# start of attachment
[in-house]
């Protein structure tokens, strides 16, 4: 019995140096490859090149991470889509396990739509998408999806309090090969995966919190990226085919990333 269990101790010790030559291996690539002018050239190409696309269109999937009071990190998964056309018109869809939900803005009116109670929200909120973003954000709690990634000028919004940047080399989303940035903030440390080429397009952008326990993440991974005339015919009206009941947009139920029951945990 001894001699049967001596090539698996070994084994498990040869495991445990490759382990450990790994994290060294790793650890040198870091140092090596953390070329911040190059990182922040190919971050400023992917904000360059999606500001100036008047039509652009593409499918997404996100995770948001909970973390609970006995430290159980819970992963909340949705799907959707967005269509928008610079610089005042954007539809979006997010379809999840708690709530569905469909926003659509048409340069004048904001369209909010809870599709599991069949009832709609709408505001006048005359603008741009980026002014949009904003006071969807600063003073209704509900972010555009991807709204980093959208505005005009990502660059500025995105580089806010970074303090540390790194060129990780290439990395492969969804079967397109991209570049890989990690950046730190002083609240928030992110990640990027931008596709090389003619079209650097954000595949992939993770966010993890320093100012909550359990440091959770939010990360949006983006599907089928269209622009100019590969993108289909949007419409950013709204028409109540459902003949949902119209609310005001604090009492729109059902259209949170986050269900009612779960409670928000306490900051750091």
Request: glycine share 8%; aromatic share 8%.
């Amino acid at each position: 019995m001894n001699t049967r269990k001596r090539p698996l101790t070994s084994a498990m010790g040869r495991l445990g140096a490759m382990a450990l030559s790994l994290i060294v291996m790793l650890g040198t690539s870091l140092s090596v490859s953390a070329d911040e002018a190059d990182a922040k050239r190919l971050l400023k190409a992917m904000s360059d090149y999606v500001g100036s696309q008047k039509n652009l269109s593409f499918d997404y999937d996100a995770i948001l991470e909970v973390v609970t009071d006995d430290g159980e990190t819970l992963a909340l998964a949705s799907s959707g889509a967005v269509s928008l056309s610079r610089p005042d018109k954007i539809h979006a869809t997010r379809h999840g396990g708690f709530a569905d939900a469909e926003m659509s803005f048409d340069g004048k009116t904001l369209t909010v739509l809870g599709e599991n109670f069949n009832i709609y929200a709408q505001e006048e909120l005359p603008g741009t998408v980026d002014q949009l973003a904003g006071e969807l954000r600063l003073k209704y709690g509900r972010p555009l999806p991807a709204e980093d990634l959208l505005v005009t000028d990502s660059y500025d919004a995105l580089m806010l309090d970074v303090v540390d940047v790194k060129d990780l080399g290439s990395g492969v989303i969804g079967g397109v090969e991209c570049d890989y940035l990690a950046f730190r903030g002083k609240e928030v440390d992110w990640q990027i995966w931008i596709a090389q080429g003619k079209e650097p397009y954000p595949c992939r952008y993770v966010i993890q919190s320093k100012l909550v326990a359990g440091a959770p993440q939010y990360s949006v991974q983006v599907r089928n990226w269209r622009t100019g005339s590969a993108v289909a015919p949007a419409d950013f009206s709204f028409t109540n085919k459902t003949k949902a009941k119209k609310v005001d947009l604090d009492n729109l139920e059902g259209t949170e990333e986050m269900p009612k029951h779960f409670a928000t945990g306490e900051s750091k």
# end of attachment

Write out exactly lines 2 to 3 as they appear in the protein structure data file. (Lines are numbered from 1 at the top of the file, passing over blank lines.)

């Protein structure tokens, strides 16, 4: 019995140096490859090149991470889509396990739509998408999806309090090969995966919190990226085919990333 269990101790010790030559291996690539002018050239190409696309269109999937009071990190998964056309018109869809939900803005009116109670929200909120973003954000709690990634000028919004940047080399989303940035903030440390080429397009952008326990993440991974005339015919009206009941947009139920029951945990 001894001699049967001596090539698996070994084994498990040869495991445990490759382990450990790994994290060294790793650890040198870091140092090596953390070329911040190059990182922040190919971050400023992917904000360059999606500001100036008047039509652009593409499918997404996100995770948001909970973390609970006995430290159980819970992963909340949705799907959707967005269509928008610079610089005042954007539809979006997010379809999840708690709530569905469909926003659509048409340069004048904001369209909010809870599709599991069949009832709609709408505001006048005359603008741009980026002014949009904003006071969807600063003073209704509900972010555009991807709204980093959208505005005009990502660059500025995105580089806010970074303090540390790194060129990780290439990395492969969804079967397109991209570049890989990690950046730190002083609240928030992110990640990027931008596709090389003619079209650097954000595949992939993770966010993890320093100012909550359990440091959770939010990360949006983006599907089928269209622009100019590969993108289909949007419409950013709204028409109540459902003949949902119209609310005001604090009492729109059902259209949170986050269900009612779960409670928000306490900051750091």
Request: glycine share 8%; aromatic share 8%.